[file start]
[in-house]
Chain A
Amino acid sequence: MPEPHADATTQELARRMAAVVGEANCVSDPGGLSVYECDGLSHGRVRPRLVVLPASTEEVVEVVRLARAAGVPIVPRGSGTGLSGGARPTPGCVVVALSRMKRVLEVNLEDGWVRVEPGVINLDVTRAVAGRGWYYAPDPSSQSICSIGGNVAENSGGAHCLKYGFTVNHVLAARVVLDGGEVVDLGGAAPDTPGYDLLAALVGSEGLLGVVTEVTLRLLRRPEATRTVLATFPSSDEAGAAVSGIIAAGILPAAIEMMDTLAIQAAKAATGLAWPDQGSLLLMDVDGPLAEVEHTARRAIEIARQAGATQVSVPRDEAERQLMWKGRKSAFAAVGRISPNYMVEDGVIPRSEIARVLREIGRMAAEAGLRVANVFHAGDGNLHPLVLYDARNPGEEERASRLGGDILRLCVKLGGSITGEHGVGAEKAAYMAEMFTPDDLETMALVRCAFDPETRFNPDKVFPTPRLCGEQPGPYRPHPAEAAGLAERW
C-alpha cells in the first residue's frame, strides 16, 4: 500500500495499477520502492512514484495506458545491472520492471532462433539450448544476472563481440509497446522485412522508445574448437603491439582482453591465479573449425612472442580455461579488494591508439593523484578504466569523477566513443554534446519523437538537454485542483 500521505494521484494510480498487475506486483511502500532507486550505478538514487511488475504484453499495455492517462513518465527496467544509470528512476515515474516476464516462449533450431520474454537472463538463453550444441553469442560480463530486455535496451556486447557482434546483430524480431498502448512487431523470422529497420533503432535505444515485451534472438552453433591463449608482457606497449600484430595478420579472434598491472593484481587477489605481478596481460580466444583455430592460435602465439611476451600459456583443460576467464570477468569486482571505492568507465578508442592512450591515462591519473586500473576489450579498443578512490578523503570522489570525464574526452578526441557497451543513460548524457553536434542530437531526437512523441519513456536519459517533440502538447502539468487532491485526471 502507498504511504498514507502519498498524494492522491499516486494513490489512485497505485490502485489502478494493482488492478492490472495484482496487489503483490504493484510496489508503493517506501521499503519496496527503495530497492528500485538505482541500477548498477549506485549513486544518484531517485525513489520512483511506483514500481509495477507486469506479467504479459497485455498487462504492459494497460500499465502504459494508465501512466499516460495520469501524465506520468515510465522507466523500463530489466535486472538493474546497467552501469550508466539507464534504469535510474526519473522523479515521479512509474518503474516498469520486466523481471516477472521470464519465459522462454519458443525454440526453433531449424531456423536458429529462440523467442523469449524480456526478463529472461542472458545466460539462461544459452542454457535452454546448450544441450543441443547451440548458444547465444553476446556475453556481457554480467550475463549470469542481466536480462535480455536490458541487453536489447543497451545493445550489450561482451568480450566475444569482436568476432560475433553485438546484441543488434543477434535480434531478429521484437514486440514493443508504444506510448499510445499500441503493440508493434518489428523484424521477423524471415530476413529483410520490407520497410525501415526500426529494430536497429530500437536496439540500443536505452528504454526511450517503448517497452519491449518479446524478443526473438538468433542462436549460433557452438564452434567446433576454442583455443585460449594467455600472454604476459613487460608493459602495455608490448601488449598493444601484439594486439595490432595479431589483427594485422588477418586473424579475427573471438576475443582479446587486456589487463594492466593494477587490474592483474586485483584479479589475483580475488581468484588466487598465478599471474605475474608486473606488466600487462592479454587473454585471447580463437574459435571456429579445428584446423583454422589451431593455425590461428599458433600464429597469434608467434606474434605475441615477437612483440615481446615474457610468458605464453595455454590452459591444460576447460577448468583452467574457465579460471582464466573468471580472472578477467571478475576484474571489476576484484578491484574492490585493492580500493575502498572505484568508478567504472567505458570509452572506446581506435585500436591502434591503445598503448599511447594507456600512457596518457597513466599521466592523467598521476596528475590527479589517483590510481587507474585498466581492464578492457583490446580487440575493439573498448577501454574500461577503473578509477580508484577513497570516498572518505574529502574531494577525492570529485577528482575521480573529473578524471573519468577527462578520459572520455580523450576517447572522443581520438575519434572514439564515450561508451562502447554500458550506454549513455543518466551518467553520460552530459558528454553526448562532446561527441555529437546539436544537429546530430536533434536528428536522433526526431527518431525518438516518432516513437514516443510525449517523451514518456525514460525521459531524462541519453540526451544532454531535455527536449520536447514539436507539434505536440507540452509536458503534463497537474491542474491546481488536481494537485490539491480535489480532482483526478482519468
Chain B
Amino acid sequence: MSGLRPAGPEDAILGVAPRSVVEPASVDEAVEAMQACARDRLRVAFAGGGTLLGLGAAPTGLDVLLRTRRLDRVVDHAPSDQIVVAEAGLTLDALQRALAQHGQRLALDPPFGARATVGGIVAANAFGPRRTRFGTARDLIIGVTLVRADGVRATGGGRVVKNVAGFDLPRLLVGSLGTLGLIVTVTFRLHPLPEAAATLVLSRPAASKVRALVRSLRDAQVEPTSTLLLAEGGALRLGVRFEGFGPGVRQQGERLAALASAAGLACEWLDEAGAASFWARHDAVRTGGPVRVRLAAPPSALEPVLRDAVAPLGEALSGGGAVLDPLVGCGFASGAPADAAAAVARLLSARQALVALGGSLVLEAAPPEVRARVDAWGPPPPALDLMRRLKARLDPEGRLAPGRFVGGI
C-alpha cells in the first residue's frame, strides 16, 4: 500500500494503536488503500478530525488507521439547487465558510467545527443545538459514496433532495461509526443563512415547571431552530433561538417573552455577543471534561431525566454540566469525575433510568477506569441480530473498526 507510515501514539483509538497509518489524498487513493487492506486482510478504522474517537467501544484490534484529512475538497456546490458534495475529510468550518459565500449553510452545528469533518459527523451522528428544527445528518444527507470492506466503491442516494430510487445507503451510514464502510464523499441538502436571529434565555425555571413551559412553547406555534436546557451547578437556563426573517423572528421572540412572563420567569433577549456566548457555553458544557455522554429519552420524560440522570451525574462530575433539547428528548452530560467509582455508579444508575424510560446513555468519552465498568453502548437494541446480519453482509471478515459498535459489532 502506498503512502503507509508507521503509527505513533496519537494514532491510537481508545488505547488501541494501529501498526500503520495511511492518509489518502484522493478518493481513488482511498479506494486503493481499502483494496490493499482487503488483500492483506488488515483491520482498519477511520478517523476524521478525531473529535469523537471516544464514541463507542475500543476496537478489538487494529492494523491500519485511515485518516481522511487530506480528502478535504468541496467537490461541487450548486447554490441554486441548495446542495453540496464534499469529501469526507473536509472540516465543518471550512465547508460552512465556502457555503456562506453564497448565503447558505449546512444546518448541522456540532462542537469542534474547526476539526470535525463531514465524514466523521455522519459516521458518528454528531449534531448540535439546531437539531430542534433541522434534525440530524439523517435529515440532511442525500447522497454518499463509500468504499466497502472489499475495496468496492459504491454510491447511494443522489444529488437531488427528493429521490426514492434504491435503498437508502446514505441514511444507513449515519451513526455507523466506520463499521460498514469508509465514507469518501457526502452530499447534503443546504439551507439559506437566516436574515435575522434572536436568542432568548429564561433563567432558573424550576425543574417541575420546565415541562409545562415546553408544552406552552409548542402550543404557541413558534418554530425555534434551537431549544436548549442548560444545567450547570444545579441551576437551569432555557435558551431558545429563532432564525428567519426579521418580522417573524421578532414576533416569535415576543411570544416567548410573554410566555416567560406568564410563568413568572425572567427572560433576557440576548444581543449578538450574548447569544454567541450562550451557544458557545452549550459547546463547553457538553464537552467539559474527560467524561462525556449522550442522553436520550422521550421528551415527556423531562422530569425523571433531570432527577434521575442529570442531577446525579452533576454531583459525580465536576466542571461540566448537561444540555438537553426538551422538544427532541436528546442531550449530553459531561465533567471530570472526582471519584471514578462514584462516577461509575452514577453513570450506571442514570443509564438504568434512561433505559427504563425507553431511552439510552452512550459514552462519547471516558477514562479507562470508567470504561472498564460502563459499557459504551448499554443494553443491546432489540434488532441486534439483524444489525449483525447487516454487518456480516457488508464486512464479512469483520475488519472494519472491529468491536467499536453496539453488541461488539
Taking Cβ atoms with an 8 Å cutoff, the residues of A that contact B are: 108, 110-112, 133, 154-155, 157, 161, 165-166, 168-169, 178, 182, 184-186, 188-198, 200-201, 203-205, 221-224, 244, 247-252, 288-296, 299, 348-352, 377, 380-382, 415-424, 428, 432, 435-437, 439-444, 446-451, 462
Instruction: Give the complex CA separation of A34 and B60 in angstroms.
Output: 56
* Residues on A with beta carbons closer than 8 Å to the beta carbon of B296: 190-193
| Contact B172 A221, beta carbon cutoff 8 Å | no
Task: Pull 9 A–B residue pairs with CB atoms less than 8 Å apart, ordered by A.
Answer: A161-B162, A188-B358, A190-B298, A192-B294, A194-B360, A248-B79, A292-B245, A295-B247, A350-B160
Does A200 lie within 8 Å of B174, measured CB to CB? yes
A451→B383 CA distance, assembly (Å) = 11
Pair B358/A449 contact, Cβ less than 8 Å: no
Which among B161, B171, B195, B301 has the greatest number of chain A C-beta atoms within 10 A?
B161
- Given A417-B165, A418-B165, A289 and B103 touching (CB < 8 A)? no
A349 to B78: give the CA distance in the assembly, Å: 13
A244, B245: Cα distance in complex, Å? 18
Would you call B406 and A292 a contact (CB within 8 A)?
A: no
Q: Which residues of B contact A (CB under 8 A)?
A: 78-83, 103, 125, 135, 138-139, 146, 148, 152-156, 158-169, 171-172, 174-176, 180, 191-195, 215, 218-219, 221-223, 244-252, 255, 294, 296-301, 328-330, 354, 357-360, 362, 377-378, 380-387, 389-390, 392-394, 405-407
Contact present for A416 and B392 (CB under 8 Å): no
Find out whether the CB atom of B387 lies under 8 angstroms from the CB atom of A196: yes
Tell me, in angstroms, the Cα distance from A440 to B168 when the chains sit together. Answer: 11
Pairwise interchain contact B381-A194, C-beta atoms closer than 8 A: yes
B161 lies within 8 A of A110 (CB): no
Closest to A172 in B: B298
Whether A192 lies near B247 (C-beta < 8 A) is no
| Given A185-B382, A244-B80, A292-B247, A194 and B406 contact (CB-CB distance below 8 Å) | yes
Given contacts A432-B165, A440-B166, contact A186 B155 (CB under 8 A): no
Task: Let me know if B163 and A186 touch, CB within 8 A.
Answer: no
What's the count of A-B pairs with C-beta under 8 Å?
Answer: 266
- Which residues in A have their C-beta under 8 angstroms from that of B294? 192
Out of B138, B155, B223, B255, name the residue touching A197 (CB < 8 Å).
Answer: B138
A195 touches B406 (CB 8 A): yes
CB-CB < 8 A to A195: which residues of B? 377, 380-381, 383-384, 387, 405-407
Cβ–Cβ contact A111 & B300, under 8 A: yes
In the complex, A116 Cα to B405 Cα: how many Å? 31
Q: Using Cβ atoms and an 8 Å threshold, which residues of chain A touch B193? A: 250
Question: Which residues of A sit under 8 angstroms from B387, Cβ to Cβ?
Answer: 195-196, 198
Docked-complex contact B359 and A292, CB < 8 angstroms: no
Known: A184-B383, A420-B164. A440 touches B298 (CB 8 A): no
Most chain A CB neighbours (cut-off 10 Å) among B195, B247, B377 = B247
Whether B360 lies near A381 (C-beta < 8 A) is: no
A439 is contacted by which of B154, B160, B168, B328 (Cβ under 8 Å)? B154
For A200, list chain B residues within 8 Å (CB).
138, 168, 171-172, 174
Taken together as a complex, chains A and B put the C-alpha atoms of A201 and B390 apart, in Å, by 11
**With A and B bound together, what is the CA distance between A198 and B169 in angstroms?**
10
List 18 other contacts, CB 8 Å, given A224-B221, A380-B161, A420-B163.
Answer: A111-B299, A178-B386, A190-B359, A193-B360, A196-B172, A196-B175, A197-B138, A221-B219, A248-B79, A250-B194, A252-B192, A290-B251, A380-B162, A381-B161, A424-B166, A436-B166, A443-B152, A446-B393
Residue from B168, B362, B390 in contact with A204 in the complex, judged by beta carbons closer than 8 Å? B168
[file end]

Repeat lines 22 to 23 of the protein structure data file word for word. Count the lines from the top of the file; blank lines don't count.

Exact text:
A244, B245: Cα distance in complex, Å? 18
Would you call B406 and A292 a contact (CB within 8 A)?